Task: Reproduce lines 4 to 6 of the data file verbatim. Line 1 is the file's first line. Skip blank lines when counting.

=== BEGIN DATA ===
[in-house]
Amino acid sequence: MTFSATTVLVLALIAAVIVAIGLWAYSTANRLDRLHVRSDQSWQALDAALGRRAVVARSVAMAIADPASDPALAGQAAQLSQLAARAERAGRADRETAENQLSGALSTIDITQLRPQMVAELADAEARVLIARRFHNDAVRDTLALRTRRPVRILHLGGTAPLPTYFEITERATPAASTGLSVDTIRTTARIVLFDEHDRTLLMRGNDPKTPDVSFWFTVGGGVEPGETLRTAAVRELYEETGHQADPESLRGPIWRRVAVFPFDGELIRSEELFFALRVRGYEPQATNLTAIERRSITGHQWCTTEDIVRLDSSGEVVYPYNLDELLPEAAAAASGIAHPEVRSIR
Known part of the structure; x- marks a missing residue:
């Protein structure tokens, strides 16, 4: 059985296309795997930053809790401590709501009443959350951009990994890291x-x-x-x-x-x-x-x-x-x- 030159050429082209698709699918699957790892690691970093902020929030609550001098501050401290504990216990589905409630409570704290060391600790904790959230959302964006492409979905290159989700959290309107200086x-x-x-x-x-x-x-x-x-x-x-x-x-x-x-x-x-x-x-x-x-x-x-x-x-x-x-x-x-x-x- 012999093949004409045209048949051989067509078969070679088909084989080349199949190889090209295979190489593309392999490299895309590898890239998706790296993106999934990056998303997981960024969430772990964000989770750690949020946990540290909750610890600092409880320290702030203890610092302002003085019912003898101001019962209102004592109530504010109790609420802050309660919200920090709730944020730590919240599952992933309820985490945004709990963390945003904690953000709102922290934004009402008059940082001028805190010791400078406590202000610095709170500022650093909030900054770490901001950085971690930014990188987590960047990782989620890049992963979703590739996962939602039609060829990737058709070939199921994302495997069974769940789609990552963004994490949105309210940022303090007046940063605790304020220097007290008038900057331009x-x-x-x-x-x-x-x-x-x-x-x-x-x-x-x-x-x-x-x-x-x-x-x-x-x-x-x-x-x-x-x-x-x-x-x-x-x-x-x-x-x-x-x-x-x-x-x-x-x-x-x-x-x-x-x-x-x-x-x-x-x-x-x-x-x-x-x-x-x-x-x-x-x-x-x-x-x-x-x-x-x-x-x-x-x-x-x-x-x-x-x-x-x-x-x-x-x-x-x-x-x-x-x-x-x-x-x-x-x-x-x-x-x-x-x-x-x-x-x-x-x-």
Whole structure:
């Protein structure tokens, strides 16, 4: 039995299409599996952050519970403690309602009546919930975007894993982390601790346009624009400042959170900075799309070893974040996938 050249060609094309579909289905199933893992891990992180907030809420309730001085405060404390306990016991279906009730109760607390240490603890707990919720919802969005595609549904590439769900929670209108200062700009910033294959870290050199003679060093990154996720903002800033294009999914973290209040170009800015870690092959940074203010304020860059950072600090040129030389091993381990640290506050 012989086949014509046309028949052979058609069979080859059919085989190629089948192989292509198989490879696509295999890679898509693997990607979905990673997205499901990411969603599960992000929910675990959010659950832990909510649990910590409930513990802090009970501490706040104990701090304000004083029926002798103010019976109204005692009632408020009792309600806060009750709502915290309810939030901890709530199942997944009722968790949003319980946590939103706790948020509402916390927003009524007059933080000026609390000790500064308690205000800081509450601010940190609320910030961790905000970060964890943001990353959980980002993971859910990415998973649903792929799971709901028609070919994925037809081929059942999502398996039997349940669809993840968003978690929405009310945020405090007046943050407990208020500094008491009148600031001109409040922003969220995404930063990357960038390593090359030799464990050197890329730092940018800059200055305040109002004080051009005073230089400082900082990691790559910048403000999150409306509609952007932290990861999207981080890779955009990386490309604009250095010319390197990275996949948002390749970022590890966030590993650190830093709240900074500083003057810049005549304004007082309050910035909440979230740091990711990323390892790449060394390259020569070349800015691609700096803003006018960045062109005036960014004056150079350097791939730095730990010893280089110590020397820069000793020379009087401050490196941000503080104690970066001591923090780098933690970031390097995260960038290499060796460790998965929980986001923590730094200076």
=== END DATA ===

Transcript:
């Protein structure tokens, strides 16, 4: 059985296309795997930053809790401590709501009443959350951009990994890291x-x-x-x-x-x-x-x-x-x- 030159050429082209698709699918699957790892690691970093902020929030609550001098501050401290504990216990589905409630409570704290060391600790904790959230959302964006492409979905290159989700959290309107200086x-x-x-x-x-x-x-x-x-x-x-x-x-x-x-x-x-x-x-x-x-x-x-x-x-x-x-x-x-x-x- 012999093949004409045209048949051989067509078969070679088909084989080349199949190889090209295979190489593309392999490299895309590898890239998706790296993106999934990056998303997981960024969430772990964000989770750690949020946990540290909750610890600092409880320290702030203890610092302002003085019912003898101001019962209102004592109530504010109790609420802050309660919200920090709730944020730590919240599952992933309820985490945004709990963390945003904690953000709102922290934004009402008059940082001028805190010791400078406590202000610095709170500022650093909030900054770490901001950085971690930014990188987590960047990782989620890049992963979703590739996962939602039609060829990737058709070939199921994302495997069974769940789609990552963004994490949105309210940022303090007046940063605790304020220097007290008038900057331009x-x-x-x-x-x-x-x-x-x-x-x-x-x-x-x-x-x-x-x-x-x-x-x-x-x-x-x-x-x-x-x-x-x-x-x-x-x-x-x-x-x-x-x-x-x-x-x-x-x-x-x-x-x-x-x-x-x-x-x-x-x-x-x-x-x-x-x-x-x-x-x-x-x-x-x-x-x-x-x-x-x-x-x-x-x-x-x-x-x-x-x-x-x-x-x-x-x-x-x-x-x-x-x-x-x-x-x-x-x-x-x-x-x-x-x-x-x-x-x-x-x-």
Whole structure:
């Protein structure tokens, strides 16, 4: 039995299409599996952050519970403690309602009546919930975007894993982390601790346009624009400042959170900075799309070893974040996938 050249060609094309579909289905199933893992891990992180907030809420309730001085405060404390306990016991279906009730109760607390240490603890707990919720919802969005595609549904590439769900929670209108200062700009910033294959870290050199003679060093990154996720903002800033294009999914973290209040170009800015870690092959940074203010304020860059950072600090040129030389091993381990640290506050 012989086949014509046309028949052979058609069979080859059919085989190629089948192989292509198989490879696509295999890679898509693997990607979905990673997205499901990411969603599960992000929910675990959010659950832990909510649990910590409930513990802090009970501490706040104990701090304000004083029926002798103010019976109204005692009632408020009792309600806060009750709502915290309810939030901890709530199942997944009722968790949003319980946590939103706790948020509402916390927003009524007059933080000026609390000790500064308690205000800081509450601010940190609320910030961790905000970060964890943001990353959980980002993971859910990415998973649903792929799971709901028609070919994925037809081929059942999502398996039997349940669809993840968003978690929405009310945020405090007046943050407990208020500094008491009148600031001109409040922003969220995404930063990357960038390593090359030799464990050197890329730092940018800059200055305040109002004080051009005073230089400082900082990691790559910048403000999150409306509609952007932290990861999207981080890779955009990386490309604009250095010319390197990275996949948002390749970022590890966030590993650190830093709240900074500083003057810049005549304004007082309050910035909440979230740091990711990323390892790449060394390259020569070349800015691609700096803003006018960045062109005036960014004056150079350097791939730095730990010893280089110590020397820069000793020379009087401050490196941000503080104690970066001591923090780098933690970031390097995260960038290499060796460790998965929980986001923590730094200076």